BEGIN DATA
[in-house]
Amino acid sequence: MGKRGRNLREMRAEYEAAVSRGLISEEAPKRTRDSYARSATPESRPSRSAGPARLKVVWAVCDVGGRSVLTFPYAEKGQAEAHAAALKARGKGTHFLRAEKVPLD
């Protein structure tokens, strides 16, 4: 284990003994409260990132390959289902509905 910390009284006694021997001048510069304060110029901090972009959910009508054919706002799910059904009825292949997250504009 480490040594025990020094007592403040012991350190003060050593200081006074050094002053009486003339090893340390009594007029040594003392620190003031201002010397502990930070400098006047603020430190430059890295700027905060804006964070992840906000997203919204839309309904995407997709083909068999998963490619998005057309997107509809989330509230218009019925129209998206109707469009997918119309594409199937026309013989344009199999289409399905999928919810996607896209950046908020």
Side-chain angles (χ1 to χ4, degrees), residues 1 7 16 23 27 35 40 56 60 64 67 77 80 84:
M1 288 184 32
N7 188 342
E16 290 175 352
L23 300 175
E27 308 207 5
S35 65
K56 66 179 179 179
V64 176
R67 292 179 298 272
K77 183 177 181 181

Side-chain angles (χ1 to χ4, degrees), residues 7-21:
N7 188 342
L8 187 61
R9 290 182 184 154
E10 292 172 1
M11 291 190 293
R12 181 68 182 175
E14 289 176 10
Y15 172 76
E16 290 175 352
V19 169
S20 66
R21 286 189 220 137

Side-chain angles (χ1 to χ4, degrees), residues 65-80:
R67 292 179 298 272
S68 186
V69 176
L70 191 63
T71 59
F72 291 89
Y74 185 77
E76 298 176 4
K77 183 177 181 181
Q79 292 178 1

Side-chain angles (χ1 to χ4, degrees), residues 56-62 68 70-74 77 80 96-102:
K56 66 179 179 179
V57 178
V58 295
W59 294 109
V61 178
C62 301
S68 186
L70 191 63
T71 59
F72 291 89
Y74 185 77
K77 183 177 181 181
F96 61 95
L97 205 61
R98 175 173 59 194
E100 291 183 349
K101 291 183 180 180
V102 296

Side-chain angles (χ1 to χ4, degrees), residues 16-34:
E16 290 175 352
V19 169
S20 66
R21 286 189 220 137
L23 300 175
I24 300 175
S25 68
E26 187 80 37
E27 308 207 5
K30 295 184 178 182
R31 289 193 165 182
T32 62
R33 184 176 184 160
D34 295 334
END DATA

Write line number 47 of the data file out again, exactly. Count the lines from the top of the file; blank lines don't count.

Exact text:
L70 191 63